North Carolina counties are seeing a “net financial loss” from incarcerating people over unpaid court debt, a new report by the state American Civil Liberties Union says.
The report, “At All Costs,” looks at the consequences of rising fines and fees across the state. The ACLU submitted public records requests and observed hundreds of court sessions in an effort to understand how many people are being detained for unpaid court debt, the costs to counties, and the revenue that the state brings in from those fines and fees.
“On average, a county spends more money incarcerating a North Carolinian for court debt than that individual owes debt,” the report says.
The report tells the stories of people directly affected by these costs—including a single mother in Robeson County who had to use rent money to pay $275 in court debt, and a forty-two-year-old Edgecombe man who is still on probation four years after being released from prison because he couldn’t pay $1,300 in court debt plus a monthly $40 probation fee.
Over the past twenty years, the number of fees imposed during the District Court process has grown from four to forty-five, the ACLU says: “There are now fees associated with nearly every part of a criminal case.” For people who are indigent and get convicted, there’s a $60 fee for the appointment of an attorney. There’s a $20 fee for going on a payment plan to pay off debt, and a $250 fee if community service is imposed. For those who fail to appear in court, there’s a $200 fee and if they don’t pay their debt, that’s a $50 fee. (If the charges are traffic-related, they’ll also have their licenses suspended indefinitely.)
Court costs have also gone up—by 400 percent, UNC researchers found—and the state legislature has undertaken measures to make it harder for judges to waive fines and fees. The General Court of Justice Fee, which applies to all criminal cases, has increased from $61 in 1999 to $147.50 today. Much of this revenue goes to the state, rather than to specifically fund the court system. In the fiscal year 2016–17, $263 million in fines and fees were remitted to the state’s general fund, the ACLU report notes.
Not paying these fines and fees can cause a person to be held in contempt and jailed. Sitting in on court proceedings in four counties—Robeson, Edgecombe, Avery, and Mecklenburg—the ACLU found that, often, judges don’t inquire into a person’s ability to pay before imposing fines and fees, and that people are often kept under court supervision in lieu of fines and fees being waived.
The Supreme Court held in 1983 that judges must inquire into a person’s inability to pay court debt, and the North Carolina Constitution prohibits imprisonment over debt. Instead, the report describes judges imposing fines and fees as a default, and joking about sending defendants to jail.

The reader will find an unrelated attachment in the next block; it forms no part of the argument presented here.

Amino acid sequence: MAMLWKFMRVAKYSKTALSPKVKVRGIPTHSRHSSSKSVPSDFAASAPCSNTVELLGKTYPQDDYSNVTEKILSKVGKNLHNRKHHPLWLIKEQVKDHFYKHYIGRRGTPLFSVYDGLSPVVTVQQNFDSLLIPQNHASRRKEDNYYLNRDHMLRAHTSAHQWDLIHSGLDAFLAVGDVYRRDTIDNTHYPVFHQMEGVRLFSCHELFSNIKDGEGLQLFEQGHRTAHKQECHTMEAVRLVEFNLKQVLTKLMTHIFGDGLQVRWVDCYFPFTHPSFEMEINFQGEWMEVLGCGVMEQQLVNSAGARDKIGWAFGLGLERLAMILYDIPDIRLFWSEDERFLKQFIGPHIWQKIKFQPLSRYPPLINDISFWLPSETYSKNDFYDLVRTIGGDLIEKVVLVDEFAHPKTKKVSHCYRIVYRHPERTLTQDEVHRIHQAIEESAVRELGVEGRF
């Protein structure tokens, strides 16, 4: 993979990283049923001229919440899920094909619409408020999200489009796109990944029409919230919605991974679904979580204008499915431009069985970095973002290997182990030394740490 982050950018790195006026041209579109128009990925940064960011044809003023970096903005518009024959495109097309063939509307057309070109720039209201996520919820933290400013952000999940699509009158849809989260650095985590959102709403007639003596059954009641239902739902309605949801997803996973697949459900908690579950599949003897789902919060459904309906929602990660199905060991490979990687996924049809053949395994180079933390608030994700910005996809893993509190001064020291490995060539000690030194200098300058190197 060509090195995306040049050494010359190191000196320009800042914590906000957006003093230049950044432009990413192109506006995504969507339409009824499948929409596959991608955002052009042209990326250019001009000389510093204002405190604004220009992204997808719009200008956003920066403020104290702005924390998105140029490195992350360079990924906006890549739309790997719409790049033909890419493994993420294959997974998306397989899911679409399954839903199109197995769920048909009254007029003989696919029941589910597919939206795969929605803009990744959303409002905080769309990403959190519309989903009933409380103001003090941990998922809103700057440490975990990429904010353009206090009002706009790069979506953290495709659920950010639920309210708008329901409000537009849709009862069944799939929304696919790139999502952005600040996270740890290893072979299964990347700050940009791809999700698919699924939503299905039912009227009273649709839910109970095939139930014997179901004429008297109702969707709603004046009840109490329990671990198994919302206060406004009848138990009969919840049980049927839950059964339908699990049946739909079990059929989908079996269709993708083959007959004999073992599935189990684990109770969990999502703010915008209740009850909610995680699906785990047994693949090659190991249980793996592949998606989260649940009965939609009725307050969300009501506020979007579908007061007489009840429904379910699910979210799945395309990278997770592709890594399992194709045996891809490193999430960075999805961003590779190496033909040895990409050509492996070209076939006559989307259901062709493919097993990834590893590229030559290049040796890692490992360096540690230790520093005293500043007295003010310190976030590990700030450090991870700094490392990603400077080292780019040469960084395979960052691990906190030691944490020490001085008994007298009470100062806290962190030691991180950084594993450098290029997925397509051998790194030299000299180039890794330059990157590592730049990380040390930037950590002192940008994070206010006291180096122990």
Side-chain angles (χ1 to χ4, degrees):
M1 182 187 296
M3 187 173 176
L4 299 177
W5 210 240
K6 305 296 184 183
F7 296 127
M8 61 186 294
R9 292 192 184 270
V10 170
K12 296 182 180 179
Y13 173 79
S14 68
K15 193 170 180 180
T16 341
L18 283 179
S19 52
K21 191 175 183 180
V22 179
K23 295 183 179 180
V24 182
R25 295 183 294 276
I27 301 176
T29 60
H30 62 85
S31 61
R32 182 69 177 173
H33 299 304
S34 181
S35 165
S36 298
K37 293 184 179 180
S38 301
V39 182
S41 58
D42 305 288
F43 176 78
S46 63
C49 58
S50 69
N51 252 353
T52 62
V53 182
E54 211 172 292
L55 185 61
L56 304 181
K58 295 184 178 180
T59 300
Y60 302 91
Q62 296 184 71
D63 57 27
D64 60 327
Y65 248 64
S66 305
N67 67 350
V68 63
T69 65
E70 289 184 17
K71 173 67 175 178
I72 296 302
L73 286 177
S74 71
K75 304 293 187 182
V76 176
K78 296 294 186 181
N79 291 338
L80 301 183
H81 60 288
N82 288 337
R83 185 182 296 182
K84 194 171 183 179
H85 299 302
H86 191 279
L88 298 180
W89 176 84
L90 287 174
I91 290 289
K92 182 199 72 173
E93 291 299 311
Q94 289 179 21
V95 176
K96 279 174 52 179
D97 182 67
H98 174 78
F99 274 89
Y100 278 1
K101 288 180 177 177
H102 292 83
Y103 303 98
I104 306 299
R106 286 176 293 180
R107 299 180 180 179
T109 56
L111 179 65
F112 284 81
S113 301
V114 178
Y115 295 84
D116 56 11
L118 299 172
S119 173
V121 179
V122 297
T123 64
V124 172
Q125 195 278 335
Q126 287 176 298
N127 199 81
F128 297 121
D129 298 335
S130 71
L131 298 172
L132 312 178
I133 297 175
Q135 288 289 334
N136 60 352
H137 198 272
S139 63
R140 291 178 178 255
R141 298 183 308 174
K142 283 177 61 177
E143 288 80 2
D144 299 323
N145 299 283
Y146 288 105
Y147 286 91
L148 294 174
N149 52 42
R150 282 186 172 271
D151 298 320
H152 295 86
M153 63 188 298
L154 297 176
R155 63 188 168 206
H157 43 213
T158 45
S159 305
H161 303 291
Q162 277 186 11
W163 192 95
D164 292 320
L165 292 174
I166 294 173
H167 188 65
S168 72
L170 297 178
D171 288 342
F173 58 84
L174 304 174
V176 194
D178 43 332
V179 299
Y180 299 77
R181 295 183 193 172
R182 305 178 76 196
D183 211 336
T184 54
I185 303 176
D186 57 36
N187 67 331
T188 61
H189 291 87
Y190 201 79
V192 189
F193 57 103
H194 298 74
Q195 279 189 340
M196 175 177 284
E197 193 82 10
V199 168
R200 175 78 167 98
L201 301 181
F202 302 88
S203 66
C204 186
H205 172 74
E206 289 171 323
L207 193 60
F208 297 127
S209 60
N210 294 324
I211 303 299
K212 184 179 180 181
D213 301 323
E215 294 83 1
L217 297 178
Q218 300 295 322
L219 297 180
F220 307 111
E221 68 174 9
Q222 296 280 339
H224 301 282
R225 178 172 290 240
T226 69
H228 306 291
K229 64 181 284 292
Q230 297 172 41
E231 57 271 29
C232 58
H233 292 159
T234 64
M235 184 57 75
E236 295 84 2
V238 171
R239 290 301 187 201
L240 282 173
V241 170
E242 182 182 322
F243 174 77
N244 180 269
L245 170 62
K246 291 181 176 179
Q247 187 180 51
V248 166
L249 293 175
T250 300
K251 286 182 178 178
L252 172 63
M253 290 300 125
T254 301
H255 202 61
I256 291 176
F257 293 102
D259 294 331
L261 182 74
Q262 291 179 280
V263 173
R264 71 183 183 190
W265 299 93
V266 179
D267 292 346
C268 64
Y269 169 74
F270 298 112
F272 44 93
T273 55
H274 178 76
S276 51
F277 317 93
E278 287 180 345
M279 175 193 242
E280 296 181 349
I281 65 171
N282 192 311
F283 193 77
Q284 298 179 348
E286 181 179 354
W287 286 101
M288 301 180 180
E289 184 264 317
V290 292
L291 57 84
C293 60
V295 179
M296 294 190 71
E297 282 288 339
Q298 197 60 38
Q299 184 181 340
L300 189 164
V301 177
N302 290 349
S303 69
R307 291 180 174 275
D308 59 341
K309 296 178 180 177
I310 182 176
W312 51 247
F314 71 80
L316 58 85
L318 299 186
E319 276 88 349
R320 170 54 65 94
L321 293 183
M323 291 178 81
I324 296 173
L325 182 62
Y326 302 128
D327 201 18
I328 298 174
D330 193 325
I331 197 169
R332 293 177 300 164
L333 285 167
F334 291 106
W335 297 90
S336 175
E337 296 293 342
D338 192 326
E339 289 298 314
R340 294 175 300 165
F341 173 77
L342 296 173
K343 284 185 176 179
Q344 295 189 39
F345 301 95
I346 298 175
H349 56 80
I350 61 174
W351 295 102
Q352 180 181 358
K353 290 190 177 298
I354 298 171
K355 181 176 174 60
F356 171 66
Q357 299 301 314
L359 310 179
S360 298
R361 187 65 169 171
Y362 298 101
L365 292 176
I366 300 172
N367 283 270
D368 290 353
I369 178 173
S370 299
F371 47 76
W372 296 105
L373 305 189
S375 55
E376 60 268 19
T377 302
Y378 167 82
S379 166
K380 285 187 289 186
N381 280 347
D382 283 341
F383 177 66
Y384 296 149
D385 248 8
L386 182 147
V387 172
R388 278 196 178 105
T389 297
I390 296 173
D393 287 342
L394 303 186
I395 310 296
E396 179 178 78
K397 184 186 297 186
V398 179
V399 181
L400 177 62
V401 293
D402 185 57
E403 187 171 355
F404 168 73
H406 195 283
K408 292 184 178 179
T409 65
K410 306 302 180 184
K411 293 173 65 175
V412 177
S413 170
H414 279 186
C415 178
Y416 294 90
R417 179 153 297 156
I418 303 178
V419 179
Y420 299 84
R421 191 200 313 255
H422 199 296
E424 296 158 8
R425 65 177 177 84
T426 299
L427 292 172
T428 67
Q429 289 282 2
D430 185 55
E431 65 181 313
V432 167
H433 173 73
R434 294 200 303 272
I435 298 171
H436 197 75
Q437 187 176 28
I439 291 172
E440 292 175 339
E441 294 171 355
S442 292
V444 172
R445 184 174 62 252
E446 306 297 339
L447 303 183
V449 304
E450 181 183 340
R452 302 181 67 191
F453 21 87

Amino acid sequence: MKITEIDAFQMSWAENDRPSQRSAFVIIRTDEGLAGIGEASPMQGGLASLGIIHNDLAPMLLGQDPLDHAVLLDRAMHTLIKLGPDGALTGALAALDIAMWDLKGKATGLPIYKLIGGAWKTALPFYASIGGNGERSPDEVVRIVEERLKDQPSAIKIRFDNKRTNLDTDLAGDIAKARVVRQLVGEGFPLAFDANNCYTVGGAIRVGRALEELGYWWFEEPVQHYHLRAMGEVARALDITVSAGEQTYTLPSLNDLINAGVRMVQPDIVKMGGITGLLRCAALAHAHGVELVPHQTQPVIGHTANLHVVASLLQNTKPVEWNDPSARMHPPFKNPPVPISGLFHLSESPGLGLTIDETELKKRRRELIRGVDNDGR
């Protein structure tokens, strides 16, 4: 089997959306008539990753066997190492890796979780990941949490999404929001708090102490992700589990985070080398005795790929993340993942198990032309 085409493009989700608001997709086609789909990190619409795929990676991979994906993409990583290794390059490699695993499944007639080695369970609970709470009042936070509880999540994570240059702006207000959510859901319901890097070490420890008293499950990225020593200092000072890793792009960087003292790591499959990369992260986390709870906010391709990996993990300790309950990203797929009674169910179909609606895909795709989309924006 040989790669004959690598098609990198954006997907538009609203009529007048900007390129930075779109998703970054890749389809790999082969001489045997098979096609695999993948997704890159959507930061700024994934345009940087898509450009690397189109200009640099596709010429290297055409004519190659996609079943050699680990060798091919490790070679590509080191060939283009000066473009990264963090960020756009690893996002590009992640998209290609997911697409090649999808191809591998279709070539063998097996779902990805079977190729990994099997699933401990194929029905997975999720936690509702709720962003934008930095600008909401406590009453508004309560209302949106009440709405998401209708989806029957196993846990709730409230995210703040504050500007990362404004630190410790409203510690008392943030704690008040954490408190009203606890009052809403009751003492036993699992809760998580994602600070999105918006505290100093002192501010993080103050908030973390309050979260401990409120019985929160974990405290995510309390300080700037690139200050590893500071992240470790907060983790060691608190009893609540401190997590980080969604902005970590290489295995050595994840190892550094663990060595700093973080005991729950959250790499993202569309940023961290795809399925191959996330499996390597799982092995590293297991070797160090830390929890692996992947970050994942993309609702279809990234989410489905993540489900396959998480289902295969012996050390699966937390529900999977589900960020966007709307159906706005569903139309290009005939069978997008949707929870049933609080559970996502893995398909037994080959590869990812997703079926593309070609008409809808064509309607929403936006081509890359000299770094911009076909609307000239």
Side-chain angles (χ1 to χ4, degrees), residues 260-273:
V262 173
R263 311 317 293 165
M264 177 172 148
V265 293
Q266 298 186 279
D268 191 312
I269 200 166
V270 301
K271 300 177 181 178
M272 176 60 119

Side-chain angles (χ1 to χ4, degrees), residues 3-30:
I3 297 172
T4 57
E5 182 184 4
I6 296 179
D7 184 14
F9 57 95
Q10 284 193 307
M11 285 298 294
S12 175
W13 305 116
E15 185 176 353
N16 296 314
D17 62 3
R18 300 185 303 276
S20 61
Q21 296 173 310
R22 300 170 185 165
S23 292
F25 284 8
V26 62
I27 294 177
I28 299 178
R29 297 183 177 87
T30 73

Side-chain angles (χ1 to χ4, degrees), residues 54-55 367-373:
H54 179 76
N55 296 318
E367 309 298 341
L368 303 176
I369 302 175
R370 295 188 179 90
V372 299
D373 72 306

The report makes several recommendations for legislators, judges, and administrative agencies. The legislature should eliminate fines—like the one imposed for a court-appointed attorney, reduce the General Court of Justice Fee by at least 50 percent, and expand access to court-appointed attorneys. Legislators should also repeal laws requiring judges who want to waive fines and fees to give notice to agencies that would lose out on revenue and requiring annual reports on how often judges waive fines and fees, the ACLU says.
The ACLU recommends that the Administrative Office of the Courts set clear standards for conducting ability-to-pay hearings, that judges waive fines and fees for those who don’t have the money, and that judges stop holding people in contempt for failure to pay.
“North Carolina must follow the lead of other states and work to end this two-tiered system of unequal justice in which the poor receive harsher, longer punishments for committing the same crimes as the rich, simply because they are poor,” the report says. “Lawmakers, administrative officials, and the courts should develop a more robust, rational, and equitable infrastructure that better documents these problems, accurately assesses people’s financial situation, provides indigent North Carolinians with an attorney at every step of the process, encourages judges to waive fees when appropriate, and ensures that no one in our state is sent to jail or prison simply because they are poor.”